July 24, 2019
A new report from the Urban Land Institute (ULI), claims that the wave of interest in wellbeing in the UK is expected to translate into significant investment from the commercial property sector over the next three years. The report, Picture of health: the growing role of wellbeing in commercial real estate investment decision-making, has been published by the ULI UK Sustainability Forum to highlight the rise of wellbeing investment in commercial buildings. The report from ULI UK was sponsored by E.ON and addresses questions about the investment case for incorporating wellbeing into buildings and how to measure its impact.
The report bases its main conclusions largely on survey responses and interviews with over one hundred people from the commercial property sector including investors, developers, fund managers, consultants, valuers and analysts. 86 percent of respondents expect to increase their investment in wellbeing in the next three years, with 17 percent anticipating this increase to be ‘significant’.
The momentum for the trend is part of wider changes in the workspace towards flexibility and shared space, as well as companies looking for improved office environments as a way to meet the expectations of the younger generations in the competition for talent. The survey claims the expected investment will largely be driven by perceived tenant demand rather than investor demand or government policy, as occupiers fight to attract and retain talent across an ever more mobile – and socially-conscious – workforce.
Wellbeing and talent
Victoria Lockhart, co-chair of ULI UK’s Sustainability Forum and director of market development at the International WELL Building Institute, said: “The increased interest in health and wellbeing we are already seeing from major players in the real estate industry cements the fact that wellbeing is becoming central to development and investment strategies. As companies seek to attract top talent, wellbeing is increasingly prioritised as fundamental to environmental, social and governance (ESG) factors. Companies are looking closely at the workspaces they offer as well as how the workplace can help translate a company’s values and build a culture of health.”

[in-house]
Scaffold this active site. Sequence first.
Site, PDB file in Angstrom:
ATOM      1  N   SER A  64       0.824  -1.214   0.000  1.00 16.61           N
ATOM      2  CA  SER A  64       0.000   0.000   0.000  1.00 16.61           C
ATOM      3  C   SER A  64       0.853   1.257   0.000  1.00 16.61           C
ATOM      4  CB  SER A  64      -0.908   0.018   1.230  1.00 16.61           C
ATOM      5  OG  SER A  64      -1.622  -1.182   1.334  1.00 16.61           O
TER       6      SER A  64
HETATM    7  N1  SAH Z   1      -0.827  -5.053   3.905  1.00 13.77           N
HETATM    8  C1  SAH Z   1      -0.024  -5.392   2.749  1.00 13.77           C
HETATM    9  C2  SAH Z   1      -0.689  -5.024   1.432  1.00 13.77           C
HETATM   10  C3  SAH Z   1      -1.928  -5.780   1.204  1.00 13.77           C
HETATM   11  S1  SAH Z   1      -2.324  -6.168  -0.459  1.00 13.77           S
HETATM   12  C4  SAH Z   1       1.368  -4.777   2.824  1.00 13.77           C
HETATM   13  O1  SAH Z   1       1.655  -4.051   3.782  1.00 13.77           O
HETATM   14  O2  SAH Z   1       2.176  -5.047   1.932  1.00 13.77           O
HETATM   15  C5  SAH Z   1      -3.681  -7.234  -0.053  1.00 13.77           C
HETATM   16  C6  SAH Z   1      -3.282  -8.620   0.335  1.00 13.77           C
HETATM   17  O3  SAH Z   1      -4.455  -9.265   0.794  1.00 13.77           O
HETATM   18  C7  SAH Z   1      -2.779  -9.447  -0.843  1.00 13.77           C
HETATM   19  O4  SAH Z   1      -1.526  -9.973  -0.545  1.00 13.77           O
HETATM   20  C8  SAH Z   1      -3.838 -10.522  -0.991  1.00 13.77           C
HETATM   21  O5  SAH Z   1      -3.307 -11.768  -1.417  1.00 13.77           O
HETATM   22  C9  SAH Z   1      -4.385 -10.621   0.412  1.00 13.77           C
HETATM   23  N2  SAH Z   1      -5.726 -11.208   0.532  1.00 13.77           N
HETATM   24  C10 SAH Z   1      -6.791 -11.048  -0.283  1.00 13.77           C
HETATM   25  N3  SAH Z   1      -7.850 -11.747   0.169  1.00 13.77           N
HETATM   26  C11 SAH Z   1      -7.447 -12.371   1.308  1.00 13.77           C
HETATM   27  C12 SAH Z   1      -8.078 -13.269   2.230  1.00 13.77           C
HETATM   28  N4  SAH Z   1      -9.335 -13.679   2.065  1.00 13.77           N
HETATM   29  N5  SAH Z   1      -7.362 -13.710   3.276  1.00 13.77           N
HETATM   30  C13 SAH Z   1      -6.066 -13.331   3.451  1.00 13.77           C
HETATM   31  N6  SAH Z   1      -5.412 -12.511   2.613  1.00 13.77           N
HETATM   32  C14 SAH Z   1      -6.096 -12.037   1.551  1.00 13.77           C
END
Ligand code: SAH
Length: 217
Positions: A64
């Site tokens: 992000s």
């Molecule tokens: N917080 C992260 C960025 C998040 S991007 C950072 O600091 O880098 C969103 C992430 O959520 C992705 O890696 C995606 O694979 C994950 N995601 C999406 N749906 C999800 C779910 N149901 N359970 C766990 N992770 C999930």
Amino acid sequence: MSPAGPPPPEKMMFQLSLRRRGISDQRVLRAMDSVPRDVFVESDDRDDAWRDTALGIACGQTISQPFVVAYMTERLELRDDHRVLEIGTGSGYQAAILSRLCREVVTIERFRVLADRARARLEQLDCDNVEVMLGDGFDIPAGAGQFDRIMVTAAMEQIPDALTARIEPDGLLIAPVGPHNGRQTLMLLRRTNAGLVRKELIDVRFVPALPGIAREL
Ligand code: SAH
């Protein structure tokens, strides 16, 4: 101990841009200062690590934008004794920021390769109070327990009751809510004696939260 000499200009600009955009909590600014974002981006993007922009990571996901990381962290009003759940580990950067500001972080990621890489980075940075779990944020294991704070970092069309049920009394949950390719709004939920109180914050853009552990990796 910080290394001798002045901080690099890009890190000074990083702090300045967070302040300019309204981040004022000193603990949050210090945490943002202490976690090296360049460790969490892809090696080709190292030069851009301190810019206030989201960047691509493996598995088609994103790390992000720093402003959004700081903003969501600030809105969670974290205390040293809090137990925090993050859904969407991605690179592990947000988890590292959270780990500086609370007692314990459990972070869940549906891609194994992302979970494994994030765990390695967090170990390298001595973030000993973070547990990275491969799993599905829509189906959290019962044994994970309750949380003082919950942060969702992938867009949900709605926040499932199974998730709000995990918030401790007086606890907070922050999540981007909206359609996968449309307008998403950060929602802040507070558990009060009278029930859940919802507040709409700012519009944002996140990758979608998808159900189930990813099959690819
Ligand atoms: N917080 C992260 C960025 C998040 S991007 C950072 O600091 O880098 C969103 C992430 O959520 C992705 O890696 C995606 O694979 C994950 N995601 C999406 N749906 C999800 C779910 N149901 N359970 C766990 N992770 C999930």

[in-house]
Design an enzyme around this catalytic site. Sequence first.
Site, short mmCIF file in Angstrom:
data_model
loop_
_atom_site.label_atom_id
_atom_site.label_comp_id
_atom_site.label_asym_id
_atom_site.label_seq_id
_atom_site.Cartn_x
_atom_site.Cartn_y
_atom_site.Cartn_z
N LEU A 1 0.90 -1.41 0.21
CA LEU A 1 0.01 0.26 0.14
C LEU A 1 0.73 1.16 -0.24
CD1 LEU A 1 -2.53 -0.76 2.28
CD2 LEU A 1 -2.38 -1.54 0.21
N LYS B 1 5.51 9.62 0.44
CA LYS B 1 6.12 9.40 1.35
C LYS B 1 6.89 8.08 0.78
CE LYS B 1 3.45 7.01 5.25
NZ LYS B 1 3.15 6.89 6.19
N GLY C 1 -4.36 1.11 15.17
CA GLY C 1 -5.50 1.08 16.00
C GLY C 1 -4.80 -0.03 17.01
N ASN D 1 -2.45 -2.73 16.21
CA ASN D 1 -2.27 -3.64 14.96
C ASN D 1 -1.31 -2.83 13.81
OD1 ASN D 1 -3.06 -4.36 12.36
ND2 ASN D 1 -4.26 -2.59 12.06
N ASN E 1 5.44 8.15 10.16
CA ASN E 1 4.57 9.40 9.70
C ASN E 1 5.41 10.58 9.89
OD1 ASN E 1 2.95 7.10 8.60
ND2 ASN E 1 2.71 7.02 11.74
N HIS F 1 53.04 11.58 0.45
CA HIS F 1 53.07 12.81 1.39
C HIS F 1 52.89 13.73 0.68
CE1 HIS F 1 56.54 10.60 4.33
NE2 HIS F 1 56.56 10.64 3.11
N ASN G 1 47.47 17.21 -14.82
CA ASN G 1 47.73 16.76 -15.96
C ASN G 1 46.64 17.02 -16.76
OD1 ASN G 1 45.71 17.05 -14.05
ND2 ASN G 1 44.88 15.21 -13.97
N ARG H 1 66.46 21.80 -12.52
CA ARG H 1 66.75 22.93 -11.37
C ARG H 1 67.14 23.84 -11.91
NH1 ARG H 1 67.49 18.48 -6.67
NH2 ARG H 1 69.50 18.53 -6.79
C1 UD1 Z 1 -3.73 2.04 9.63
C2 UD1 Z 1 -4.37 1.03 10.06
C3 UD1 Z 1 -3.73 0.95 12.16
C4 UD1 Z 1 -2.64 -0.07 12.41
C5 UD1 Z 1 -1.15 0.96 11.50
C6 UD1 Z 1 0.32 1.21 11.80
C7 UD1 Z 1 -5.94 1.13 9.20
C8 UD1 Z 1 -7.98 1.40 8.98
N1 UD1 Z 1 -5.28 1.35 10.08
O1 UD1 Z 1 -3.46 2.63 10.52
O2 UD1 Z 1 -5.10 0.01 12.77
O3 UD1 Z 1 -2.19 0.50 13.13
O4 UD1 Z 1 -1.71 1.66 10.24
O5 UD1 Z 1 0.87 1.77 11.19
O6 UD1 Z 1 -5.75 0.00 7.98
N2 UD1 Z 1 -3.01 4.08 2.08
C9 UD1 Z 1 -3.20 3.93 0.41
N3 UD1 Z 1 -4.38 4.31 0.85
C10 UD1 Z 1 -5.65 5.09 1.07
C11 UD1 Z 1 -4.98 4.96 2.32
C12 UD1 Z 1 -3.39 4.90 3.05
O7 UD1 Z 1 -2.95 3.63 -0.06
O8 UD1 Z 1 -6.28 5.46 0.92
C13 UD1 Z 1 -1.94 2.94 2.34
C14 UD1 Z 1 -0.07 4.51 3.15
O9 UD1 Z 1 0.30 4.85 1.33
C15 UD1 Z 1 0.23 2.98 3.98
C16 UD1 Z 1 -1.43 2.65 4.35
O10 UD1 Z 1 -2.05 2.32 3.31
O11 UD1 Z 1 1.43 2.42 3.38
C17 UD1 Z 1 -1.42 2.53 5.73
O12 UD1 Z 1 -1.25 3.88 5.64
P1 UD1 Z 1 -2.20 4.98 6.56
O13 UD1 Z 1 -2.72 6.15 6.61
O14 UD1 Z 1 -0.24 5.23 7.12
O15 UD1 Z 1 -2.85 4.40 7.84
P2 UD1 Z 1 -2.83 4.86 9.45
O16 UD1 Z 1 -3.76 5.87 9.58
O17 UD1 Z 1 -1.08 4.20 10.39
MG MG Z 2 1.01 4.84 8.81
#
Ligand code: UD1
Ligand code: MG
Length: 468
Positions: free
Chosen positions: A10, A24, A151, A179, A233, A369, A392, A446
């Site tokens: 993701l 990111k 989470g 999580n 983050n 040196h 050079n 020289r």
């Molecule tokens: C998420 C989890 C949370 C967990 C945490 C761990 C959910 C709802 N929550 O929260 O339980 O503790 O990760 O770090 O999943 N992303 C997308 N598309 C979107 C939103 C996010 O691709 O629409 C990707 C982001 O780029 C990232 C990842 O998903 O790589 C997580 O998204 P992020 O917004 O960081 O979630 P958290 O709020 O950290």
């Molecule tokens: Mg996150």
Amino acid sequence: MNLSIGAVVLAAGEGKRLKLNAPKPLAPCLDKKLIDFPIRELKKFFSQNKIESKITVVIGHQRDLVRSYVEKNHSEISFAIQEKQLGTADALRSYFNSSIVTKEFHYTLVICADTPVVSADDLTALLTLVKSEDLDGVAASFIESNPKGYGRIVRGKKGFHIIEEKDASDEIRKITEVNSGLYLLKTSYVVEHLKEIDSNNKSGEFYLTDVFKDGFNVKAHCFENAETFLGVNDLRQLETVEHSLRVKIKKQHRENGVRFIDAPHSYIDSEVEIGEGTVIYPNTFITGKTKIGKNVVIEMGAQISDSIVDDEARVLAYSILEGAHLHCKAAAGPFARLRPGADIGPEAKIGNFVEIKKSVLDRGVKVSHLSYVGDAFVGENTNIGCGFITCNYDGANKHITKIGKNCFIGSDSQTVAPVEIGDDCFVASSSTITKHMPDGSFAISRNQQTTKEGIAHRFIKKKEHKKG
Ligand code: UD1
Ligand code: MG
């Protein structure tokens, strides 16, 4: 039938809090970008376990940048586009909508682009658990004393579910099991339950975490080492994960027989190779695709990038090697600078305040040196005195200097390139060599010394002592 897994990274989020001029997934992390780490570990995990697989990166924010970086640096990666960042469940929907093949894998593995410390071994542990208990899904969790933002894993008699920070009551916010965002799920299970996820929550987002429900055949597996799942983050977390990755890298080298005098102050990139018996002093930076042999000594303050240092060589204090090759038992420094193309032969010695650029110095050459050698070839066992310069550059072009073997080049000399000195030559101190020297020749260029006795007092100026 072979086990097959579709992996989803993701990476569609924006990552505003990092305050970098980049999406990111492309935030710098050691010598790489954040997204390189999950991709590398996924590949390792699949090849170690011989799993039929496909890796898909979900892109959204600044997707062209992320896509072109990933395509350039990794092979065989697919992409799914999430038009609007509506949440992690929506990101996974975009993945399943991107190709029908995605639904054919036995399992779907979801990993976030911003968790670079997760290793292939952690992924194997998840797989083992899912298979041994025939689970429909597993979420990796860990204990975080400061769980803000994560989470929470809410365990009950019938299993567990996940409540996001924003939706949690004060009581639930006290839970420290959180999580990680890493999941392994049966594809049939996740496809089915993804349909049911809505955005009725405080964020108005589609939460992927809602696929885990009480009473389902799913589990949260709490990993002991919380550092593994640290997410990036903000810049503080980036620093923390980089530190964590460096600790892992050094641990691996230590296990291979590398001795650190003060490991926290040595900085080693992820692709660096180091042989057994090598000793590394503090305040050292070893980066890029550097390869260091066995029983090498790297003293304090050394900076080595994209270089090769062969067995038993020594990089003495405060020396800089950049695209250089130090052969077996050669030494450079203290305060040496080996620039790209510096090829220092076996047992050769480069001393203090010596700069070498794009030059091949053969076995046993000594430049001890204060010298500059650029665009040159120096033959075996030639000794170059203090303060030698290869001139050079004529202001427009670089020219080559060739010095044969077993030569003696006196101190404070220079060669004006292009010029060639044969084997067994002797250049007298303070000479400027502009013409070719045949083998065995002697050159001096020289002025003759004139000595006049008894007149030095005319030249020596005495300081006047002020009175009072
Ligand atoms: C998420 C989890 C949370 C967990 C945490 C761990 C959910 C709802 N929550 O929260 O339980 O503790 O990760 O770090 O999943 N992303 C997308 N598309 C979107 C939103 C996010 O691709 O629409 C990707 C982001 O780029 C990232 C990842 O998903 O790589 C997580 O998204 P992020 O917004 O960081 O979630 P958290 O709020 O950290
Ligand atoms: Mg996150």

As companies seek to attract top talent, wellbeing is increasingly prioritised as fundamental to environmental, social and governance factors
Five case studies from the report include 22 Bishopsgate and the Broadgate Campus, in London, which already have health and wellbeing placed at the heart of the commercial property developments. While 22 Bishopsgate may be making its mark at the tallest tower on the skyline of the City of London, AXA Investment Managers – Real Assets, which invested in and is developing the building on behalf of an international consortium of investors, has dedicated over 13,900 square metres of the 130,000 square-metre tower to shared amenities.
Among the community amenities are a 1,858-square-metre food market as well as the Exchange, a 1,215-square-metre knowledge area that will include an accelerator space, a broadcast media suite, and event space. Its 780-square-metre gym will include a climbing wall 125 metres above ground level, and a wellbeing retreat area of 730 square metres.
British Land, which is completing the redevelopment of 100 Liverpool Street in 2020 (pictured), has ensured a healthier Broadgate campus environment including introducing larger amounts of seating, new retail, bars and restaurants as well as increasing landscaping and greenery.
“Our customers are increasingly recognising that workplace is a vital component of staff engagement and wellbeing strategies, says Matthew Webster, head of wellbeing and futureproofing at British Land. Our role is to support this by creating fantastic environments that promote wellbeing and the enhance the experience of ‘work’ – from the provision of engaging public realm and amenities through to ensuring buildings create healthy internal environments.”